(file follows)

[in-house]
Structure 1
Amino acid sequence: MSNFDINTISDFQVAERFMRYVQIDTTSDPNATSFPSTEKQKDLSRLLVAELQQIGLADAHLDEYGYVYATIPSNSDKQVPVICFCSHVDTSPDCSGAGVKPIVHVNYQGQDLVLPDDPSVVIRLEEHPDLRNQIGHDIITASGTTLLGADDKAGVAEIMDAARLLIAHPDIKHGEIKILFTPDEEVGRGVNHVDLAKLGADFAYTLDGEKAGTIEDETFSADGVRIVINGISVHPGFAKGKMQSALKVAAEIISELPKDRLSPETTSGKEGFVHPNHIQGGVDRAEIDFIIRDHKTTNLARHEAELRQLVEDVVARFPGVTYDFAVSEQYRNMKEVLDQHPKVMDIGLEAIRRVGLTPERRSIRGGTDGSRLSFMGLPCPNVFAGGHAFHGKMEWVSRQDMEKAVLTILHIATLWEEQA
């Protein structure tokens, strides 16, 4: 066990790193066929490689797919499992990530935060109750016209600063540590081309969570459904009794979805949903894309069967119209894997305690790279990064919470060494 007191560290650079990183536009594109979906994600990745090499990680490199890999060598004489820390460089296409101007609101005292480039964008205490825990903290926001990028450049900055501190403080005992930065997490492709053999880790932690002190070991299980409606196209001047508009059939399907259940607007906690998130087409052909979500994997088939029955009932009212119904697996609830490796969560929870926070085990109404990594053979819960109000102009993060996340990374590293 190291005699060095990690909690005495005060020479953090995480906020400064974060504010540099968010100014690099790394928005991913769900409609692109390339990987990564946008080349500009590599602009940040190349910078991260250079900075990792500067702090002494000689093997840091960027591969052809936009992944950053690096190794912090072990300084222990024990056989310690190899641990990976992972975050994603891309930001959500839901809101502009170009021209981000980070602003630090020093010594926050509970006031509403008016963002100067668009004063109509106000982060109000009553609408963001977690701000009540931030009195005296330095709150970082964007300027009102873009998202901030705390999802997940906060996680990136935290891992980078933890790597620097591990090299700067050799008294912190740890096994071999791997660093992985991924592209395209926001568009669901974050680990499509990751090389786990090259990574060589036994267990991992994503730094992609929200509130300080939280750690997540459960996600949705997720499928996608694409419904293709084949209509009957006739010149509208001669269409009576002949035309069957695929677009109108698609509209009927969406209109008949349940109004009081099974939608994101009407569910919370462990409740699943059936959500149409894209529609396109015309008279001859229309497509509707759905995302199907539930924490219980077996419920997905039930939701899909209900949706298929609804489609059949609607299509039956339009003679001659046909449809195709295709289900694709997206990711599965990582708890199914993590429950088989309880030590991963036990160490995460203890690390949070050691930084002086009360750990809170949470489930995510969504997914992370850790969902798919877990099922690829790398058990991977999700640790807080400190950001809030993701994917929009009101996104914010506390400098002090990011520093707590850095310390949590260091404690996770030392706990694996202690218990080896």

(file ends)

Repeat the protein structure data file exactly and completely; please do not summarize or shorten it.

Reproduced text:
[in-house]
Structure 1
Amino acid sequence: MSNFDINTISDFQVAERFMRYVQIDTTSDPNATSFPSTEKQKDLSRLLVAELQQIGLADAHLDEYGYVYATIPSNSDKQVPVICFCSHVDTSPDCSGAGVKPIVHVNYQGQDLVLPDDPSVVIRLEEHPDLRNQIGHDIITASGTTLLGADDKAGVAEIMDAARLLIAHPDIKHGEIKILFTPDEEVGRGVNHVDLAKLGADFAYTLDGEKAGTIEDETFSADGVRIVINGISVHPGFAKGKMQSALKVAAEIISELPKDRLSPETTSGKEGFVHPNHIQGGVDRAEIDFIIRDHKTTNLARHEAELRQLVEDVVARFPGVTYDFAVSEQYRNMKEVLDQHPKVMDIGLEAIRRVGLTPERRSIRGGTDGSRLSFMGLPCPNVFAGGHAFHGKMEWVSRQDMEKAVLTILHIATLWEEQA
């Protein structure tokens, strides 16, 4: 066990790193066929490689797919499992990530935060109750016209600063540590081309969570459904009794979805949903894309069967119209894997305690790279990064919470060494 007191560290650079990183536009594109979906994600990745090499990680490199890999060598004489820390460089296409101007609101005292480039964008205490825990903290926001990028450049900055501190403080005992930065997490492709053999880790932690002190070991299980409606196209001047508009059939399907259940607007906690998130087409052909979500994997088939029955009932009212119904697996609830490796969560929870926070085990109404990594053979819960109000102009993060996340990374590293 190291005699060095990690909690005495005060020479953090995480906020400064974060504010540099968010100014690099790394928005991913769900409609692109390339990987990564946008080349500009590599602009940040190349910078991260250079900075990792500067702090002494000689093997840091960027591969052809936009992944950053690096190794912090072990300084222990024990056989310690190899641990990976992972975050994603891309930001959500839901809101502009170009021209981000980070602003630090020093010594926050509970006031509403008016963002100067668009004063109509106000982060109000009553609408963001977690701000009540931030009195005296330095709150970082964007300027009102873009998202901030705390999802997940906060996680990136935290891992980078933890790597620097591990090299700067050799008294912190740890096994071999791997660093992985991924592209395209926001568009669901974050680990499509990751090389786990090259990574060589036994267990991992994503730094992609929200509130300080939280750690997540459960996600949705997720499928996608694409419904293709084949209509009957006739010149509208001669269409009576002949035309069957695929677009109108698609509209009927969406209109008949349940109004009081099974939608994101009407569910919370462990409740699943059936959500149409894209529609396109015309008279001859229309497509509707759905995302199907539930924490219980077996419920997905039930939701899909209900949706298929609804489609059949609607299509039956339009003679001659046909449809195709295709289900694709997206990711599965990582708890199914993590429950088989309880030590991963036990160490995460203890690390949070050691930084002086009360750990809170949470489930995510969504997914992370850790969902798919877990099922690829790398058990991977999700640790807080400190950001809030993701994917929009009101996104914010506390400098002090990011520093707590850095310390949590260091404690996770030392706990694996202690218990080896």